Magnatone Giveawya

August Issue
more... ArtistsVideosGuitaristsBluesJune 2013RockShredJoe SatrianiIbanez

Interview: Joe Satriani - Gravitational Melodies

A A
Interview: Joe Satriani - Gravitational Melodies


Satriani and crew in the studio. Photo by Arthur Rosato

Despite Tristano’s existential advice, some of Satriani’s prepared solos were scrapped in the studio once the full band had been assembled and recorded. Certain moments simply called for alternative strategies. A good example is “Jumpin’ In,” with its repurposed blues riffs and eccentric lead tones. “At home I had recorded a very pure, traditional legato solo for the tune, but after I played it in the studio a few months later I realized it needed something more modern sounding. So I went all contrarian and plugged my Whammy pedal into a Boss [OC-2] octave device, a brown one I’ve had for years, and from there it went into a Boss DM-2 analog delay and on into a cranked-up Marshall with a lot of distortion. This setup made more noise than the actual notes played—it was a really cool sound toy to play with.”

200 Pedals … Just in Case
As you’d expect, Satriani had an enviable selection of other “sound toys” at his disposal in the studio. There was a quartet of prototypes for his signature Ibanez JS2410, a smart new guitar with an alder body, a three-piece maple-and-bubinga neck, a 25.5"scale, and a DiMarzio Pro Track neck humbucker paired with his signature DiMarzio Mo’ Joe bridge humbucker.

Also at hand was a fleet of Ibanez JS1000s, some with Sustainiac pickups for searing long notes, a couple with EverTune bridges for stability when using slackened tunings (as on “A Celebration”), and a special road-worn specimen nicknamed Willie because it was signed by Willie Nelson. Satriani also used a 1992 Ibanez JS6 prototype. “It’s unlike any of my other signature models,” he says. “It’s got a Gibson [24 3/4"] scale length and an oiled mahogany body. The guitar just growls—it’s so thick and musical sounding.”

It may come as a surprise to casual observers accustomed to seeing Satriani with his Ibanez guitars and Marshall amps, but he also brought a selection of vintage Fender gear to the Unstoppable Momentum sessions. It included his 1958 Telecaster, his 1966 Electric XII, and a dozen tube combo amps. “On ‘A Door into Summer,’ I played rhythm on the JS6, along with two tracks of the Tele. The Electric XII makes a four-bar appearance in ‘Shine On.’ It’s always cool to have the unexpected bit of color that a completely different setup can provide in the middle of a song. After 64 bars of me playing an Ibanez through a Marshall in your face, two bars of another flavor like a Champ or Vibrolux Reverb is a welcome thing.”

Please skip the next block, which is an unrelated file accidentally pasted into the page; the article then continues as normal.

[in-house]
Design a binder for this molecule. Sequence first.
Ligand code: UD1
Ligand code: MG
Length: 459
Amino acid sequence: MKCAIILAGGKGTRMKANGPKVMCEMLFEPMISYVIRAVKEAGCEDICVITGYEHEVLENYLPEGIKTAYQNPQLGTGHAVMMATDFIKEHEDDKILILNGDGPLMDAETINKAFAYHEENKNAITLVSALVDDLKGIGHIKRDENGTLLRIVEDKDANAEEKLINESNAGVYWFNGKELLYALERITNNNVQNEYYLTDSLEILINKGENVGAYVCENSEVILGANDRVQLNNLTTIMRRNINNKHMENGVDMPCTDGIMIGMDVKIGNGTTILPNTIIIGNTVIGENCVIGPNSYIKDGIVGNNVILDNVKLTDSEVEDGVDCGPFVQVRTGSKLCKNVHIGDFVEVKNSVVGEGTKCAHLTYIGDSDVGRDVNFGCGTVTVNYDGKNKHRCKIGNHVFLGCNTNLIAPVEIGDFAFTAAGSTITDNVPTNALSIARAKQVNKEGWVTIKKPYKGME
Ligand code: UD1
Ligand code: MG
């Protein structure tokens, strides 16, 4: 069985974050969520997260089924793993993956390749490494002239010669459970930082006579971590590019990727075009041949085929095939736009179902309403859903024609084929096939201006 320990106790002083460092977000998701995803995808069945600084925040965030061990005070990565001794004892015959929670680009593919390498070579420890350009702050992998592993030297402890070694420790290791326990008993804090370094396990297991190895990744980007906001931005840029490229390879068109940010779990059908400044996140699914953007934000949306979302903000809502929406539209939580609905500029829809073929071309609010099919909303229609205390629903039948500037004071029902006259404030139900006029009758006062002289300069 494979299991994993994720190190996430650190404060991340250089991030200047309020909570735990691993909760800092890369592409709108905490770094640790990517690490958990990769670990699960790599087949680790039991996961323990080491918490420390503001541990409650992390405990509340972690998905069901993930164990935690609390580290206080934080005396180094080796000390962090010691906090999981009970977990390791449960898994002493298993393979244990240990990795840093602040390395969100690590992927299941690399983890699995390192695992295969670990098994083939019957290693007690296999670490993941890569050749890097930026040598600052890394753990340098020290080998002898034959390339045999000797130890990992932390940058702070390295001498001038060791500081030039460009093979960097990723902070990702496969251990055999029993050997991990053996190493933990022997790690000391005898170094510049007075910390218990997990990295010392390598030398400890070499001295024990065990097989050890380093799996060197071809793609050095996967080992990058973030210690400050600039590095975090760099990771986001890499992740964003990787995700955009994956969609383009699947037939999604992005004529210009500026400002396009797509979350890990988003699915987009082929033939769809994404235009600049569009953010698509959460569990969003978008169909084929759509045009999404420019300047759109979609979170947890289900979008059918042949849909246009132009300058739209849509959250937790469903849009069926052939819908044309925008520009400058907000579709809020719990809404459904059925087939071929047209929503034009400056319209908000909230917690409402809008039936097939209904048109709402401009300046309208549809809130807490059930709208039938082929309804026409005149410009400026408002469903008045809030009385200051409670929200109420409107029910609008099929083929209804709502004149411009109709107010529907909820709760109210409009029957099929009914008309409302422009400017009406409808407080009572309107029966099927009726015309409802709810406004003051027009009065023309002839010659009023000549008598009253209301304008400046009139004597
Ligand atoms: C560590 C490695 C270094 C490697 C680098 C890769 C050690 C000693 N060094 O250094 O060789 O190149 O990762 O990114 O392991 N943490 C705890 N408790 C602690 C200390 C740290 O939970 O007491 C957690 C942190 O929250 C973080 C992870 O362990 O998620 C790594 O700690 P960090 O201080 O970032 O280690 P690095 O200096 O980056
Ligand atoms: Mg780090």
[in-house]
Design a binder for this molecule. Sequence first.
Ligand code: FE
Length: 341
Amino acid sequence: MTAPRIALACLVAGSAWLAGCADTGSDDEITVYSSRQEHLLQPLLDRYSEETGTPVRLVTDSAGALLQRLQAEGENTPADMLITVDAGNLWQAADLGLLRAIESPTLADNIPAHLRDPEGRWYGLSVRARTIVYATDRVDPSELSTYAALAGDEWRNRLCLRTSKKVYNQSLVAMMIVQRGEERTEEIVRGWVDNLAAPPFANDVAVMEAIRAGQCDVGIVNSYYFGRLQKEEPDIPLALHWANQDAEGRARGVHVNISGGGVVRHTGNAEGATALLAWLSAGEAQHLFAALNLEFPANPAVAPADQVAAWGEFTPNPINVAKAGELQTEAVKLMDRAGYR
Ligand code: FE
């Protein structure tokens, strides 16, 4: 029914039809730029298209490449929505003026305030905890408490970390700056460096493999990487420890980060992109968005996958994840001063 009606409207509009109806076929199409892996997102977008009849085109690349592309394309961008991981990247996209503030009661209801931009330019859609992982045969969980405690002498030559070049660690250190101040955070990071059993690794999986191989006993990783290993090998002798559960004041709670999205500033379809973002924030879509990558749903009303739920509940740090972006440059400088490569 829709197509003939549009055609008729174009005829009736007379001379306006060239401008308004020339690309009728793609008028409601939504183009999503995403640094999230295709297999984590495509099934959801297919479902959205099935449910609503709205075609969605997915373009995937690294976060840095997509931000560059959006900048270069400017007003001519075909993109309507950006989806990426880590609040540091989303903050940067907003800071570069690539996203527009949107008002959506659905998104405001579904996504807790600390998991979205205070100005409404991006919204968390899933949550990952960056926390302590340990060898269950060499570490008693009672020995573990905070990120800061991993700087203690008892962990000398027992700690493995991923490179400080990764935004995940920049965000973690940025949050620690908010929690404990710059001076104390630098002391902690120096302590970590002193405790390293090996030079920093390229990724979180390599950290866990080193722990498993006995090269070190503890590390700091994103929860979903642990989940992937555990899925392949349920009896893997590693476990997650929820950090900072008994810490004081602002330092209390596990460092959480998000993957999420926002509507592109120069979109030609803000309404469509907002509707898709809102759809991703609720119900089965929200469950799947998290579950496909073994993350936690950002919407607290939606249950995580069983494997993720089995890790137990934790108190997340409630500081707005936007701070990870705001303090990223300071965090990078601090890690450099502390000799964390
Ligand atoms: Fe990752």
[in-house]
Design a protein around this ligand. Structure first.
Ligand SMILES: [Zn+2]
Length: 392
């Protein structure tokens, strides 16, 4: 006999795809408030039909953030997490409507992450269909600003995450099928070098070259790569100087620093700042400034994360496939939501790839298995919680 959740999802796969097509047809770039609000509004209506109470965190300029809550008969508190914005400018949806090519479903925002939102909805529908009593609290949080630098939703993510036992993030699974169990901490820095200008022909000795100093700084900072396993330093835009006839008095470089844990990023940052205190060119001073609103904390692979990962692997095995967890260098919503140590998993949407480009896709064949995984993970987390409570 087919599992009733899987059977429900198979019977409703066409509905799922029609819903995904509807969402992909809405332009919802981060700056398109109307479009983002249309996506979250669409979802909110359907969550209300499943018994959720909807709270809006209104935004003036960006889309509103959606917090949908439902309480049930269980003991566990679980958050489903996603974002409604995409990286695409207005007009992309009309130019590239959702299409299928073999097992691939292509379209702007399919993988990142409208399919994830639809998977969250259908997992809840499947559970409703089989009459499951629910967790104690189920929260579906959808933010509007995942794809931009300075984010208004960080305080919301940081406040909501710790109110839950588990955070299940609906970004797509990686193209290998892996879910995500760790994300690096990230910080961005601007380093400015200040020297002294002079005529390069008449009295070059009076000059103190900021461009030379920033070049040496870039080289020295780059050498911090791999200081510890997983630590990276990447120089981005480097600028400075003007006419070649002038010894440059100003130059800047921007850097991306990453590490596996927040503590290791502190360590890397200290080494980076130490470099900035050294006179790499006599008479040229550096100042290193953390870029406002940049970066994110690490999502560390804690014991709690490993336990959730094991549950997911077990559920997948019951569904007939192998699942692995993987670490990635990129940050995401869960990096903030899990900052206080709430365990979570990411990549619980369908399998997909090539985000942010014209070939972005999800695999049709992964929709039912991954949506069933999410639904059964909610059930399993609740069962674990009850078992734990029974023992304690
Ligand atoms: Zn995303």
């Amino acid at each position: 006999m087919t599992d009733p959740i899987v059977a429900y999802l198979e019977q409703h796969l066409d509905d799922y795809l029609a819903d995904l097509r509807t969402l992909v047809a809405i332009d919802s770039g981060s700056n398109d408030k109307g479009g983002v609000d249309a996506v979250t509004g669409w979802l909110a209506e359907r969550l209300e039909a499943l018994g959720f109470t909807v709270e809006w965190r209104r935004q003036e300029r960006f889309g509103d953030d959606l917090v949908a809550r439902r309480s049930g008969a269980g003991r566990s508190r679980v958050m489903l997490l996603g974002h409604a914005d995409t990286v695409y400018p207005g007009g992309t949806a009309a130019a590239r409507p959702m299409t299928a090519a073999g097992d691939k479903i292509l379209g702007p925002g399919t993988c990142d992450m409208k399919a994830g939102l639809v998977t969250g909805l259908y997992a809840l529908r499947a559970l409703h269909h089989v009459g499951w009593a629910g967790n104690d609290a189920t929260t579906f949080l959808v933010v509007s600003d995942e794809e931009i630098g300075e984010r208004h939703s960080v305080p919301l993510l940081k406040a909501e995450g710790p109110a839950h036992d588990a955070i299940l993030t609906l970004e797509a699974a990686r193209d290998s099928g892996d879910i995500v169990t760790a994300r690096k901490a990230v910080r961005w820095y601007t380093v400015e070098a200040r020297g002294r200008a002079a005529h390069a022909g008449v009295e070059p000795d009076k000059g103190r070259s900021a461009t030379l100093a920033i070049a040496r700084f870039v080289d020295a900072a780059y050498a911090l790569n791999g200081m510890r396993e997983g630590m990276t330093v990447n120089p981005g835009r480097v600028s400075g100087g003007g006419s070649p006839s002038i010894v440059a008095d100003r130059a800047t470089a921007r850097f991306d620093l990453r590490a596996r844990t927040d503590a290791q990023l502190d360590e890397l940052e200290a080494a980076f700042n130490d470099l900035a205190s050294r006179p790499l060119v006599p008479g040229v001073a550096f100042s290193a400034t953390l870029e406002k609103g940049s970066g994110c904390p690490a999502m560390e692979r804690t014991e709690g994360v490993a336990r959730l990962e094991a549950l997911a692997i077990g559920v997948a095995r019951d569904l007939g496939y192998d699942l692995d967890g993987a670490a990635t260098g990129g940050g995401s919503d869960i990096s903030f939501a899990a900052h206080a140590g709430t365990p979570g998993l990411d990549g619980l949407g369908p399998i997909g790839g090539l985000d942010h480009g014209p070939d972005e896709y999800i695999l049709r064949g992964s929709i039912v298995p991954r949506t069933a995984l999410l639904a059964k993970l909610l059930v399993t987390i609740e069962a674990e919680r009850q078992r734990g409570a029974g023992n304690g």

Joe Satriani's Gear

Guitars
Four Ibanez JS2410s, various Ibanez JS1000s, 1992 Ibanez JS6, 1958 Fender Telecaster, 1966 Fender Electric XII

Amps
Four production Marshall JVM410HJS heads, Marshall JVM410HJS prototype head, Marshall 4x12 cabs, late-’60s Marshall 4x12 with Altec Lansing speakers

Effects
Vox Big Bad Wah, Strymon Ola dBucket Chorus & Vibrato, Boss DM-2 Delay, Boss OC-2 Octave, DigiTech Whammy

That said, most of the album’s amplified timbres came from an ensemble of Marshall heads and cabinets. “We used four of my Marshall signature heads and the original prototype,” says Satch. “They’re remarkably consistent—they all sound the same—but we sometimes grabbed one over another depending on how long it had been played. The head has such great sustain, body, depth, and presence. It makes my sound so fresh and organic, which can be tough with high-gain settings. I generally used the bottoms that came with the heads, though I did use one late-’60s 4x12 with Altec Lansing speakers.” He also used a Peavey 5150 amp from the first year of its production.

As for pedals, Satriani was anything but “the Extremist,” sticking mostly with his Vox wah but branching out here and there. For instance, on the breakdown of “Jumpin’ Out” he used his new Strymon Ola dBucket Chorus & Vibrato. “Before recording a new album, I sometimes go out and spend way too much money on pedals,” he confesses. “It gives me a warm, fuzzy feeling—I’ve got every possible pedal for any direction, just in case the producer suggests something that I hadn’t thought of. I’ll bring 200 pedals to the sessions and only use four.”

Post a comment to this article